Altogether, Mary spent 40 years of health ministry in the Philippines. She said that she was born in Louisville, KY but was baptized in the Philippines. She focused on organizing health professionals into the Council for Health and Development to offer health education, skill training, and community building to doctors, nurses, health students and all levels of health workers based on an analysis of the relationships between economics, political power, and health.

Following Jesus who went to the other villages, Mary was drawn to another mission. It started when she met a priest from Myanmar outside our Regional House in Quezon City looking for the Opus Dei house. That first meeting led to many more until, Fr. Donald, invited Mary to visit Myanmar. In February 1995, Mary met Bishop Paul Gwang, Archbishop of Mandalay, who was interested to send young people to higher education in the Philippines. Mary procured scholarships and accommodation for them. In Davao, she made arrangements with Maryknoll Sr. Cecilia Wood, to provide housing at Our Lady of Victory. In 2001, Mary and Sr. Teresita Perez, MM went for one month to teach English in the Kachin State of Myanmar. The next years saw a number of young women from Myanmar studying in the Philippines.

Deciding to stay in her newfound mission, in 2006, Mary requested a membership transfer from the Philippine Region to Cambodia to facilitate a presence in Myanmar. She helped to form a collaborative team with 3 Philippine Catholic Lay Missioners, 2 Vietnamese-American Maryknoll Lay Missioners, 1-part time Maryknoll Brother, and herself. Mary started a program for HIV/AIDS patients and their families in 6 dioceses. The next year, Mary’s compassionate AIDS ministry welcomed a 13-year old orphan getting treatment for AIDS in Yangon named Lulu who named their Center ‘Happy House’. The house was a meeting place for volunteers, Maryknoll missioners, mission partners, affiliates, international congregations, students, and Buddhist monks.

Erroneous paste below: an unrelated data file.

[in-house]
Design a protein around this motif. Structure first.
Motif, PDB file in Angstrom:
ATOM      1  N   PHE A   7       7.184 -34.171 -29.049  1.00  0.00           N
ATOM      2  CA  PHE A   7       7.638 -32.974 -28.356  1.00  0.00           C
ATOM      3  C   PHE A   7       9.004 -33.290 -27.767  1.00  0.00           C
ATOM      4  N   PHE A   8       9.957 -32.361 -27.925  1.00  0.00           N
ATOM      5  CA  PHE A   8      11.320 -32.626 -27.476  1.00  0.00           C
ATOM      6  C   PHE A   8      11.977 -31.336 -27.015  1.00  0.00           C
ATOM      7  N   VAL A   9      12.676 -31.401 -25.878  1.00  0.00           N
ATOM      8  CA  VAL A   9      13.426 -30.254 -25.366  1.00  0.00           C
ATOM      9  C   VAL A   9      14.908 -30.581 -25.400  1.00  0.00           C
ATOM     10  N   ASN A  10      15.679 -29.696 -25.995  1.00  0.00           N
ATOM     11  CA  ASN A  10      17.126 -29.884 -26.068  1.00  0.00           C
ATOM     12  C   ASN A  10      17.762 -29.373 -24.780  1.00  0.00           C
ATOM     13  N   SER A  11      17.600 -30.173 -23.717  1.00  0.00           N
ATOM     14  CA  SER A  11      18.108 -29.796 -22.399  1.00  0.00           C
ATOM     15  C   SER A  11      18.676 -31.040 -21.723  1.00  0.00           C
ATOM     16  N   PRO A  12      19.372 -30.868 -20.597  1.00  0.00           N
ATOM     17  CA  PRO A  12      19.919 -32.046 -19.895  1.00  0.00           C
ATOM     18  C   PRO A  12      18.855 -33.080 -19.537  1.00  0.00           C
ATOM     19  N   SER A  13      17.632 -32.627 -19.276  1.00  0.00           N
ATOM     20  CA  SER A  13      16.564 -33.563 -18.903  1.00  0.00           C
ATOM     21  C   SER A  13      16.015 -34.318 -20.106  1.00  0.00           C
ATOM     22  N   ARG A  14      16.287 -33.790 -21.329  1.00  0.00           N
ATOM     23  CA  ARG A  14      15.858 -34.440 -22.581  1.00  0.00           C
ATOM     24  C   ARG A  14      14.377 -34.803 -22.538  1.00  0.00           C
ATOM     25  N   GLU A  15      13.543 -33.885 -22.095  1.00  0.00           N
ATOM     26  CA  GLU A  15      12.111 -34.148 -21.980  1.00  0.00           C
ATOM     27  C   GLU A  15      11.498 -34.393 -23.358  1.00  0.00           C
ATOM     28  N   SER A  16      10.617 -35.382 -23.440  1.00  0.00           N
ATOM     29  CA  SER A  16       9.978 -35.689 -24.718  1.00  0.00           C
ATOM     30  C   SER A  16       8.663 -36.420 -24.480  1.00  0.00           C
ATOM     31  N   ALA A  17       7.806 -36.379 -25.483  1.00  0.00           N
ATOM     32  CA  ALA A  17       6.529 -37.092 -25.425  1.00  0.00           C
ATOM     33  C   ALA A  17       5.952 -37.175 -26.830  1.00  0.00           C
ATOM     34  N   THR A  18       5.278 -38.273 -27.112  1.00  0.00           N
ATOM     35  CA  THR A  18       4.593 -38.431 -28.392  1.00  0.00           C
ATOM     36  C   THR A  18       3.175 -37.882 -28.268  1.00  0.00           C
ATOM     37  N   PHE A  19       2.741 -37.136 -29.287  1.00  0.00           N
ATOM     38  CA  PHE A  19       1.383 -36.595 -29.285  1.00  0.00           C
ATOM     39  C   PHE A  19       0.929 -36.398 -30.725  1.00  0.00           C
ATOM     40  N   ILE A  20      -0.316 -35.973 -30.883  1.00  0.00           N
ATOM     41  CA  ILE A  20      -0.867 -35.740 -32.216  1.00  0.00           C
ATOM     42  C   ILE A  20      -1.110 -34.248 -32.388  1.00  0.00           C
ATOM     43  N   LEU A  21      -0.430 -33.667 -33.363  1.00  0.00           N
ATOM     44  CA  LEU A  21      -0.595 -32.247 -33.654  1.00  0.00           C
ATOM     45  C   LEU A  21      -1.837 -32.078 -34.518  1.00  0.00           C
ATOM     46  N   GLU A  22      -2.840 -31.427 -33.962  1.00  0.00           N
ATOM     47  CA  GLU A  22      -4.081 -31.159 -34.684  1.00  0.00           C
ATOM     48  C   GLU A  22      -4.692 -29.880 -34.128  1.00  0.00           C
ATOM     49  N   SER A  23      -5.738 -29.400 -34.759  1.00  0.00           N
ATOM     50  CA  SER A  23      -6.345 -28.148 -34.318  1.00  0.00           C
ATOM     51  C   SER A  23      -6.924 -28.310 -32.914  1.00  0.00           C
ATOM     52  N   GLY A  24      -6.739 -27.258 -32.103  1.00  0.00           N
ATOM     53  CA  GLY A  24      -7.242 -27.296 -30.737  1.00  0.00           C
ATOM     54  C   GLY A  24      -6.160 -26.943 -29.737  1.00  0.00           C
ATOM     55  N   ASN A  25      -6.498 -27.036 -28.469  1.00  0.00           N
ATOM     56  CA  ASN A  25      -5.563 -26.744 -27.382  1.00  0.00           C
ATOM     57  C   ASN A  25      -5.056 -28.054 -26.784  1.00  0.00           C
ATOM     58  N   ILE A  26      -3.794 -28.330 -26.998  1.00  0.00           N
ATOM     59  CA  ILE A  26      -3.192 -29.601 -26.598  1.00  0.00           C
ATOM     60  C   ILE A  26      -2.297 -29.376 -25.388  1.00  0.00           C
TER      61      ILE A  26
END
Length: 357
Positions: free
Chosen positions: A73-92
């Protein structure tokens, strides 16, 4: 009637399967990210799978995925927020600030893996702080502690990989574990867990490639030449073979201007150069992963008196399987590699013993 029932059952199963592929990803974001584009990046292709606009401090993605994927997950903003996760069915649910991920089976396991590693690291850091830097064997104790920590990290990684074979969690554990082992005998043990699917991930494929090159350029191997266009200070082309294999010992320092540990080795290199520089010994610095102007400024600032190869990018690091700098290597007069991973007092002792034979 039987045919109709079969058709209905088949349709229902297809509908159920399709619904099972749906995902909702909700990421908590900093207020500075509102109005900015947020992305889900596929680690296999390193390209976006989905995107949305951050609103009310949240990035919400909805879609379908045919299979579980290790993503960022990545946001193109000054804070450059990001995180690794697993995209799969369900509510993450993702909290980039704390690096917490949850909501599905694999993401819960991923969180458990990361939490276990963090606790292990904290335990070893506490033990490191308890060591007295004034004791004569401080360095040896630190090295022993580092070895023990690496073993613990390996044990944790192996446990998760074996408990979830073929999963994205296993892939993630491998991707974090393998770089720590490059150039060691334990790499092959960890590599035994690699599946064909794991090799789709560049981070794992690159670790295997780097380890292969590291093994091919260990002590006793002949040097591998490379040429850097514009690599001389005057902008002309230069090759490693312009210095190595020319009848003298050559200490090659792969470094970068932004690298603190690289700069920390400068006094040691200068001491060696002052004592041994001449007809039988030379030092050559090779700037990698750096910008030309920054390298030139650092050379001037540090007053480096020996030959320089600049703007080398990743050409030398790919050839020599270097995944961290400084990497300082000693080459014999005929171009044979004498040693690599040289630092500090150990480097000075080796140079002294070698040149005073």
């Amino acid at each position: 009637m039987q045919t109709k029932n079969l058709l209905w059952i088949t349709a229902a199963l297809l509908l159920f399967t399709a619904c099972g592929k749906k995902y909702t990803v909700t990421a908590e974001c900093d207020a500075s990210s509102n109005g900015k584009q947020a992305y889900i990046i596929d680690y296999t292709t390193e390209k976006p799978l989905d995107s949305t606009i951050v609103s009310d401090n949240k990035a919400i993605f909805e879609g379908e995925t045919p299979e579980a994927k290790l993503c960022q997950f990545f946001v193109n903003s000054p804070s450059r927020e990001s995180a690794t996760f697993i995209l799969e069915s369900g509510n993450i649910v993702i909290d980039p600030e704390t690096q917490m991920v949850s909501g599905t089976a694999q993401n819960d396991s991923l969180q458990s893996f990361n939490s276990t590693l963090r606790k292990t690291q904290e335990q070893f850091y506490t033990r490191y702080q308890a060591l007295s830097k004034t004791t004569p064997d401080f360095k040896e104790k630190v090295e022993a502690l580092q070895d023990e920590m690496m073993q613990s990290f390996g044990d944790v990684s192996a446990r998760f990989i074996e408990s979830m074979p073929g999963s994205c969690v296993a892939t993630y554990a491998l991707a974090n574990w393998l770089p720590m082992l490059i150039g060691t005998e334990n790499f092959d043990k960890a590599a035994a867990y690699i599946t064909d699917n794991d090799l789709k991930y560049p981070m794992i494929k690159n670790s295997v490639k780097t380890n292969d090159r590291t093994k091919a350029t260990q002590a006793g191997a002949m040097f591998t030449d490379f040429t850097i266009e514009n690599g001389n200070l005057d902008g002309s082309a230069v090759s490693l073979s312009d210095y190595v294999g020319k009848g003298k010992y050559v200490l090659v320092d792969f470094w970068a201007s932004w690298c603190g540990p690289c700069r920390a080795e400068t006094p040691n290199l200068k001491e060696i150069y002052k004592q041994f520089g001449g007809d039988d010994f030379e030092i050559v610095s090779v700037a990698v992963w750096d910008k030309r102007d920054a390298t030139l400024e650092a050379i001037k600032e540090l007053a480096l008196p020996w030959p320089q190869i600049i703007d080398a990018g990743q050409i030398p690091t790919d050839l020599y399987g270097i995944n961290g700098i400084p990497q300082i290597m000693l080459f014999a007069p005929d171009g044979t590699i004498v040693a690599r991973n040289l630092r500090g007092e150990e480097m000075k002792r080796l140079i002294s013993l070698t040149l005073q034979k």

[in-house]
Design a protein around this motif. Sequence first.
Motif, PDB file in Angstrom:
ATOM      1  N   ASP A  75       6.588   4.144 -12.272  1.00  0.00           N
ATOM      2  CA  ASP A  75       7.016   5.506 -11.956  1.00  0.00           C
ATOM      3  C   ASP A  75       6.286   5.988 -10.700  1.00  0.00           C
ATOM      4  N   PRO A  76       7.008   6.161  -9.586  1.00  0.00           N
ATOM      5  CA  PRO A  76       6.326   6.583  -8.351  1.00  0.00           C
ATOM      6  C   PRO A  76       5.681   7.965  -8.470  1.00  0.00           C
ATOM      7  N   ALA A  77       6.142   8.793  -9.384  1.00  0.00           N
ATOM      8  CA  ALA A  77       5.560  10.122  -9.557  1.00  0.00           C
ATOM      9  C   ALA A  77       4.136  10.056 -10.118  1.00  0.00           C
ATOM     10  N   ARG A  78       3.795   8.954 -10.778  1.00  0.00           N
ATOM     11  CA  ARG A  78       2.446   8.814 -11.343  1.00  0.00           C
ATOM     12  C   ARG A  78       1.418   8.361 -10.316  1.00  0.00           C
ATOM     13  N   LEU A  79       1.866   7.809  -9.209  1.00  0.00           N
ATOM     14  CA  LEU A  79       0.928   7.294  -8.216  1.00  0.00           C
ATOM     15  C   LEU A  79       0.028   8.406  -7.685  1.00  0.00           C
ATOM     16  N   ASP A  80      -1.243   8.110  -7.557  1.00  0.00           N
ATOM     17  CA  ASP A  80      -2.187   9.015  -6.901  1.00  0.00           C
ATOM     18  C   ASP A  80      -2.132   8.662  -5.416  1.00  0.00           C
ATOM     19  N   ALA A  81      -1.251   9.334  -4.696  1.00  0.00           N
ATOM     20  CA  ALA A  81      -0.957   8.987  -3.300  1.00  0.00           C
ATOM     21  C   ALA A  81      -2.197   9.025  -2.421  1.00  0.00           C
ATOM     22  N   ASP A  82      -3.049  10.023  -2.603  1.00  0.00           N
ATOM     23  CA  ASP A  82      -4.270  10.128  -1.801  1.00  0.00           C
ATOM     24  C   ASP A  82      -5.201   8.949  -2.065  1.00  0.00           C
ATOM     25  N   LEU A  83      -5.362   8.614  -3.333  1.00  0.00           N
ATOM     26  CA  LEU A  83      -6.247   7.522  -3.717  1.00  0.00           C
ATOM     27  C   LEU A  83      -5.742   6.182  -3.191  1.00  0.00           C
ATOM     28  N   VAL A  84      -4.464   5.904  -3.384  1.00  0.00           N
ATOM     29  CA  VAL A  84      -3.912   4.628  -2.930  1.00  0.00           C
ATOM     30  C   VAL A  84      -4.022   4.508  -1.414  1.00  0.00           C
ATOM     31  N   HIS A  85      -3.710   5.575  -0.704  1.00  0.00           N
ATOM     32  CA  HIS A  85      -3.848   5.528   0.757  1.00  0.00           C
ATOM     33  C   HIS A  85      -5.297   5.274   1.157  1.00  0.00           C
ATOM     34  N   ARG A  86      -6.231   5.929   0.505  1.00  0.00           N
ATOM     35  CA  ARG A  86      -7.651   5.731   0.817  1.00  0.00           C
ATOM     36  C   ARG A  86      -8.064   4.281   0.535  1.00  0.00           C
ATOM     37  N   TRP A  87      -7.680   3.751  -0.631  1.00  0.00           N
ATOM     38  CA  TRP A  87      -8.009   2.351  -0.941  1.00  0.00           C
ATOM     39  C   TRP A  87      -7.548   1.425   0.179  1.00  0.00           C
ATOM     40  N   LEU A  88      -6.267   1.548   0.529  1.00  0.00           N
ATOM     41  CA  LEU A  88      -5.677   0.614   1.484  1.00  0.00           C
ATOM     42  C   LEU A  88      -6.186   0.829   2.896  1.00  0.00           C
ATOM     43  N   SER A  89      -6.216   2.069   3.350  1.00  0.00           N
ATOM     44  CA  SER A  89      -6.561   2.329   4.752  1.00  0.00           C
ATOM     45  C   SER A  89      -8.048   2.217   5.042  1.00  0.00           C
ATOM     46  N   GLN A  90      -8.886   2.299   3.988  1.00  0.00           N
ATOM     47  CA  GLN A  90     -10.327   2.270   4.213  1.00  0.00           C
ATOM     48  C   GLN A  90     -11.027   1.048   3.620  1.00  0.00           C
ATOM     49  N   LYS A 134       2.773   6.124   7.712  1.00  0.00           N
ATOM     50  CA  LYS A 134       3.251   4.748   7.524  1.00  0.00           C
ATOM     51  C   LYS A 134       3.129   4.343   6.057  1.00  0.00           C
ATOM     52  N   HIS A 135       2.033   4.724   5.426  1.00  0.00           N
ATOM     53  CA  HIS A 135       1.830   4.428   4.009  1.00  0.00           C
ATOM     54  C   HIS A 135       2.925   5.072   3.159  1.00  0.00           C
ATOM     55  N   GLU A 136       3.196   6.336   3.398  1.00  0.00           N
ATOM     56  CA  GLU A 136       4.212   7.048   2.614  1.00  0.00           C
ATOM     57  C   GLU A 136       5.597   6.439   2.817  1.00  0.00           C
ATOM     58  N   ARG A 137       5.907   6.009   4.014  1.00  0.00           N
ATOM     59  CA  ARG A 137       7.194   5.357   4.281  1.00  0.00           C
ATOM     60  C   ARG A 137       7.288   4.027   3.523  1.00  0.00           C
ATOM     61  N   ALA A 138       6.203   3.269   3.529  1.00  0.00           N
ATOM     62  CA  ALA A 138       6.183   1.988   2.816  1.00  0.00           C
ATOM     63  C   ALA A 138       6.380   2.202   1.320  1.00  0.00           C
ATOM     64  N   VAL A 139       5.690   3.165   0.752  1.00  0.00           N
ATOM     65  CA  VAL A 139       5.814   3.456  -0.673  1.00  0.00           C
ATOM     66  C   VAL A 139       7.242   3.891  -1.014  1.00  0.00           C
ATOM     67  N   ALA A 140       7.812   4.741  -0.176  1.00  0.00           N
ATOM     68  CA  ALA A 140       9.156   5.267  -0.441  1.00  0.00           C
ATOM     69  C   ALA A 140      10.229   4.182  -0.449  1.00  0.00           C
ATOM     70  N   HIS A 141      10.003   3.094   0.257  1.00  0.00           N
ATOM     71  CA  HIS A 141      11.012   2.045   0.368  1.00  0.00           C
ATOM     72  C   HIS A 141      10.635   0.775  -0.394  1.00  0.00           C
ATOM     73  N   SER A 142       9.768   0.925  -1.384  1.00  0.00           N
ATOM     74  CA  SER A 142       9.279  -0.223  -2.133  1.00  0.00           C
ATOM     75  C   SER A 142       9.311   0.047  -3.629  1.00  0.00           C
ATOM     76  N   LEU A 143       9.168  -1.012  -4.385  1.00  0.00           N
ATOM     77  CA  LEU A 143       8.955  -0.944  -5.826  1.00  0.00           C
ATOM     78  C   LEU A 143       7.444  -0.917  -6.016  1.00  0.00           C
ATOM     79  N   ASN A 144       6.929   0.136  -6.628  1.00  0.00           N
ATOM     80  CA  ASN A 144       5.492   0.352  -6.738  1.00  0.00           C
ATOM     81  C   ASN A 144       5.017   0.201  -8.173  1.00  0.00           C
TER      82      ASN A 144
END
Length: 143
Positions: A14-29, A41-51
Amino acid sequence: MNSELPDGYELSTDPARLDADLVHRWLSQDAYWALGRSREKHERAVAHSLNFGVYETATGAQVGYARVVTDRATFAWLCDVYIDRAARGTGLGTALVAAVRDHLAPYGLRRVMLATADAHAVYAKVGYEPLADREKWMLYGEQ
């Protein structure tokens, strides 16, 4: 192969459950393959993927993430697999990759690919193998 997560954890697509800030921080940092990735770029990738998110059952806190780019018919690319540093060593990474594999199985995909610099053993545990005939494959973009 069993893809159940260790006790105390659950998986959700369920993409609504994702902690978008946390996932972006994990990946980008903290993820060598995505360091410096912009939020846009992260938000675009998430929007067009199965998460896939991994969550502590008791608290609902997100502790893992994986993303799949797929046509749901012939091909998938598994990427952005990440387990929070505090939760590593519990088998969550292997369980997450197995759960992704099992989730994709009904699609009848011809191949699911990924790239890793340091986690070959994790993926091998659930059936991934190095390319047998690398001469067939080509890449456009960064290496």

Mary’s talent for ‘networking’ played out in Myanmar where she invited Sr. Kathleen Reiley, a Maryknoll Sister Zen Roshi, to help many in Yangon and Mandalay to ‘feel at home being a Catholic in a Buddhist Burma by learning to use meditation prayer based on Christian Scriptures’. She also invited Maryknoll Sr. Claudette LaVerdiere to give classes in Theology.

In the following years, Mary became the inspiration for various projects – micro-lending, scholarship, and an HIV/AIDS network called MCHAN (Myanmar Catholic HIV-AIDS Network) founded in 2010 to address the need for information, to dispel high stigmas, and to give support to those dying with HIV/AIDS.

Mary spent more than 12 years in Myanmar. When her family visited Yangon in 2014, Vince, her brother, asked if she had a dream that she wanted to fulfill before leaving Myanmar. Mary admitted that ‘she had a significant dream hidden somewhere in her consciousness’. It became known as ‘Mary’s Dream’, a dream to start a simple pilot program for community-based health to provide pre-natal care to mothers – including blood tests to prevent the transmission of HIV to their babies, as well as providing other basic needs. Together with MCHAN, ‘Mary’s Dream’ now collaborates with a 17-member network throughout Myanmar.

Mary’s next move was to retire at our Maryknoll Sisters house in Monrovia, CA in 2016. As her health needs increased, she moved to the Maryknoll Sisters Center, NY for supervised medical care. At the Center, she volunteered to be a member of CenterCerns, a group that addresses issues of justice and peace.

Last Christmas, Mary draped a handwoven cloth from Myanmar over her curtain and accented it with a big silver star that symbolized the star that guided her during her life as a Maryknoll Sister. That cloth material and star are now part of Mary’s mission artifacts from the Philippines and Myanmar; they grace the altar for this Memorial Service.

Mary was a missioner, a Maryknoll missioner par excellence. Her preferential love for the poor was manifested in her one precious life that was spent in generous service of those who needed assistance for health and wellbeing. She furthered her generosity by donating her body to science. Her ashes will be interred here at Maryknoll Sisters Cemetery, Maryknoll, NY at a later date.

We thank all of Mary’s family and friends who have joined us in this Memorial from all parts of the world. We want you to know that we appreciate your loving support for Mary throughout her entire life and in mission in the Philippines and Myanmar.

We thank Sister Dora Neutzi for presiding at this Memorial Communion Service.

In Our Lady of Maryknoll,

Sr. Teresa R. Dagdag MM
Community Member

Condolences may be sent to: Millie Grenough
45 Moreland Road
New Haven, CT 06511